Remove watches / jewellery except gold wedding rings Remove hearing aids, false teeth, glasses, prostheses Remove all clothes except socks and underpants Patient gowns - no pockets - no metallic fastenings - ¾ length sleeves for IV access - wrap round for easy chest access Brass changing room keys Screen all accompanying personnel Check any suspicious item with small bar magnet

21 Gradient fields - Induced Currents
Gradient fields induce an electric field and thus a current in the patient, potentially this can be of sufficient intensity in modern systems to produce a physiological response - peripheral nerve stimulation (PNS) - cardiac stimulation is not considered possible

22 Gradient fields – Auditory damage
Hearing protection mandatory above 90dB time averaged for: patients staff remaining in the scanner room relatives accompanying children or patients

23 Radiofrequency (RF) fields
Thermogenic effects - health & safety concern Physiological tissue heating response most of the transmitted RF power is transferred into heat within the patient’s tissue all MR systems have safety thresholds to avoid dangerous levels Patients with compromised thermoregularory systems are at greatest risk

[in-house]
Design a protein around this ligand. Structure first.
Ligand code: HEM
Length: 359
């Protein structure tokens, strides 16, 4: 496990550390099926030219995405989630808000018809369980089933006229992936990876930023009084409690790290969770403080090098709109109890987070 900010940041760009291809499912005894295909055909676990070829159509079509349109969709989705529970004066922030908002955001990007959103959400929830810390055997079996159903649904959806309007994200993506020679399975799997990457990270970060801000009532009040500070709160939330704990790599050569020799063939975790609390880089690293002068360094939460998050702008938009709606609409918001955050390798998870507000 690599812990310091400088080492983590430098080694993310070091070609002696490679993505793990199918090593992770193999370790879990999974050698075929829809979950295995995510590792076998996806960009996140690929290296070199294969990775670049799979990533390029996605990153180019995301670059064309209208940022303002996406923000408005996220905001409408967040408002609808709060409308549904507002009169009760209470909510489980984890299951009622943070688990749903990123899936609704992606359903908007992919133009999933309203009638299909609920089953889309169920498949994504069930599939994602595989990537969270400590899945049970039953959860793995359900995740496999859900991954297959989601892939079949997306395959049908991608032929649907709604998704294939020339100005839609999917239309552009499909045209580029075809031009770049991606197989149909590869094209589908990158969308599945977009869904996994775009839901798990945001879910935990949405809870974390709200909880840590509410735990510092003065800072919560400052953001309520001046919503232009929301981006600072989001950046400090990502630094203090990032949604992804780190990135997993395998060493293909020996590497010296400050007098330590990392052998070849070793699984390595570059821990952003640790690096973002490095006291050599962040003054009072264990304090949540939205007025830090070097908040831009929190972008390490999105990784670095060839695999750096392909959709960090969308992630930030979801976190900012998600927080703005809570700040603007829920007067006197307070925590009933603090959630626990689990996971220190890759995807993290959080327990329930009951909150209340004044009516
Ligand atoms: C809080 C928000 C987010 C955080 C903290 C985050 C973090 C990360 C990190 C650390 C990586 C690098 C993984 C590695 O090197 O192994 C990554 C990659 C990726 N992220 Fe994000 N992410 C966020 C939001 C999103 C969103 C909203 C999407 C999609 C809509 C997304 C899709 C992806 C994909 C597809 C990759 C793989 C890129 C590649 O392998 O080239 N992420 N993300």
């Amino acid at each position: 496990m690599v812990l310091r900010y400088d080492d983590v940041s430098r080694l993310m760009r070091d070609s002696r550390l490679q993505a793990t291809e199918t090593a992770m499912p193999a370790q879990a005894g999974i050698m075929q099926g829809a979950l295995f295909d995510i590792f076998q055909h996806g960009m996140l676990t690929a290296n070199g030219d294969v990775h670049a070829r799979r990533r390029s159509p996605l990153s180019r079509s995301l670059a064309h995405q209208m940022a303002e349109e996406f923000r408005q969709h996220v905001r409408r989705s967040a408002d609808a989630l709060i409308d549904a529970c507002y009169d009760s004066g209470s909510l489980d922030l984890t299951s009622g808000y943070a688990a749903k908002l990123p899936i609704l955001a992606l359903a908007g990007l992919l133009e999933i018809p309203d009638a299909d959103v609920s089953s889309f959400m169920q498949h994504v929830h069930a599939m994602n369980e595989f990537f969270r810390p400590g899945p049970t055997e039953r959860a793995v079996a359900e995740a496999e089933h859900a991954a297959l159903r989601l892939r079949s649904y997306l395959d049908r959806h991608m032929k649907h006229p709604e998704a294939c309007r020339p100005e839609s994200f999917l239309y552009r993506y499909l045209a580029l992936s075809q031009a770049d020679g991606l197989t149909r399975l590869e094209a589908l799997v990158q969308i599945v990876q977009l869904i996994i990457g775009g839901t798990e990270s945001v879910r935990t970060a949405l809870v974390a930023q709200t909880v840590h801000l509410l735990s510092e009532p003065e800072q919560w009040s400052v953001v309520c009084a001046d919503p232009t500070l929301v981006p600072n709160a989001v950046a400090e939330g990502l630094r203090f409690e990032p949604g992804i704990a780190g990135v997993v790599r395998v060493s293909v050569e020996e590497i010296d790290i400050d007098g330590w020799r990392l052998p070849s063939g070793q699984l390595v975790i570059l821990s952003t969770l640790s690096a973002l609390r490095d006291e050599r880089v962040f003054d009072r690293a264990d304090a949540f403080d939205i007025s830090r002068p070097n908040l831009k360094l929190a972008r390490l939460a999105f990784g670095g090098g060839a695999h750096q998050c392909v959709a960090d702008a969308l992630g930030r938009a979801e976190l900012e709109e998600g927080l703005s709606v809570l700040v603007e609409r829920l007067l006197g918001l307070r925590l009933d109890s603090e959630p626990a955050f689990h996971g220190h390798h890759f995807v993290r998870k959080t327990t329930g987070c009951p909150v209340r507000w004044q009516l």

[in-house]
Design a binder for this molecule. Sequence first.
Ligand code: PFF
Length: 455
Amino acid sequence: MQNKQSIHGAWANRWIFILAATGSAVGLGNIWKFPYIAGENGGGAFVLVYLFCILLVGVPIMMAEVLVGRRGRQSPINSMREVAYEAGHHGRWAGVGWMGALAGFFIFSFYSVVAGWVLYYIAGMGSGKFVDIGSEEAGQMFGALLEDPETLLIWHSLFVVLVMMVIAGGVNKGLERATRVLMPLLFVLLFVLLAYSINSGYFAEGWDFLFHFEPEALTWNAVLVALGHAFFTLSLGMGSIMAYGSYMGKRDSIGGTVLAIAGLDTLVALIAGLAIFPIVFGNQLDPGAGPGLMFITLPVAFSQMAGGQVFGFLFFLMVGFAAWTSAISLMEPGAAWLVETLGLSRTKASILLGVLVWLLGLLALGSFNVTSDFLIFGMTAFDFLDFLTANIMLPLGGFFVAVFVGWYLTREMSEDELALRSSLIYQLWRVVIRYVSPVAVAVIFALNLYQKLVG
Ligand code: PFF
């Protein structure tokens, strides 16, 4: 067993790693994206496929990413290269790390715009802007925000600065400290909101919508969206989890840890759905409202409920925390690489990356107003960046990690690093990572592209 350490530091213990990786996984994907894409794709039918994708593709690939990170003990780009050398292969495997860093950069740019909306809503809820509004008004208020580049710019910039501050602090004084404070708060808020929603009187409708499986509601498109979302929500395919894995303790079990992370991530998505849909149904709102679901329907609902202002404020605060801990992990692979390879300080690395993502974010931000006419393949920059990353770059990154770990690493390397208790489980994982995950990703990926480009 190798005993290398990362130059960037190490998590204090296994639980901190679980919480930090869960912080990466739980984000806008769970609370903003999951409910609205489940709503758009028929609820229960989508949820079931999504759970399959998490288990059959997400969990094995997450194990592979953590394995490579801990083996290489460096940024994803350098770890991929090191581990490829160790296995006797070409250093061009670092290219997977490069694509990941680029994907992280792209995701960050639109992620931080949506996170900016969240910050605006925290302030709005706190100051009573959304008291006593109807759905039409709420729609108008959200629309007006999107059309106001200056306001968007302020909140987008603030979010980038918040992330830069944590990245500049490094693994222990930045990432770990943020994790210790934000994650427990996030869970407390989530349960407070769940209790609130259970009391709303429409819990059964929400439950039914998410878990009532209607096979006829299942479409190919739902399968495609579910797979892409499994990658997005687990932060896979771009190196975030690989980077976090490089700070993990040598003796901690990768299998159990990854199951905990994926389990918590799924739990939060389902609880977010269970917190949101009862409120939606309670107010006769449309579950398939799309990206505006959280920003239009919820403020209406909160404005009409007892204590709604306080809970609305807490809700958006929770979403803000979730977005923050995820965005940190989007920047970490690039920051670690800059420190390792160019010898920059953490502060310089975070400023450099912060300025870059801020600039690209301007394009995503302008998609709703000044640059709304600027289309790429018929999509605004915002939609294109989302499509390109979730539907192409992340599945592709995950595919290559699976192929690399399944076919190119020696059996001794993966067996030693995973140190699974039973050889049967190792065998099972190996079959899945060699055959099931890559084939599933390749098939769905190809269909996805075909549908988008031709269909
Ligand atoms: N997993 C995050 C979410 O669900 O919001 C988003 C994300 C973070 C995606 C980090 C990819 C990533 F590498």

24 Specific Absorption Rate (SAR)
SAR is the RF power absorbed per unit mass of tissue (expressed in W/kg) complex function of numerous variables calculated by software from the average forward power passing into the RF transmitter coil and the body mass situated in the RF transmitting field Therefore an accurate patient weight is vital SAR increases 9 fold from 0.5T to 1.5T

25 Radiofrequency (RF) fields
Potential for burns 1°, 2°, 3° burns have occurred in the past in patients undergoing MRI This is a result of excessive heat developing in the devices or objects ECG system is often the culprit Interventional MRI poses greater risk

26 Prevention of burns Electrodes - carbon fibre studs
- placed close together ECG leads - carbon fibre - fibre optic - high impedance - short as possible (plaited if necessary) All conductive leads should be placed in a linear fashion coming out of bore of scanner Avoid crossed limbs where possible

27 RF Burn from non-Carbon Electrode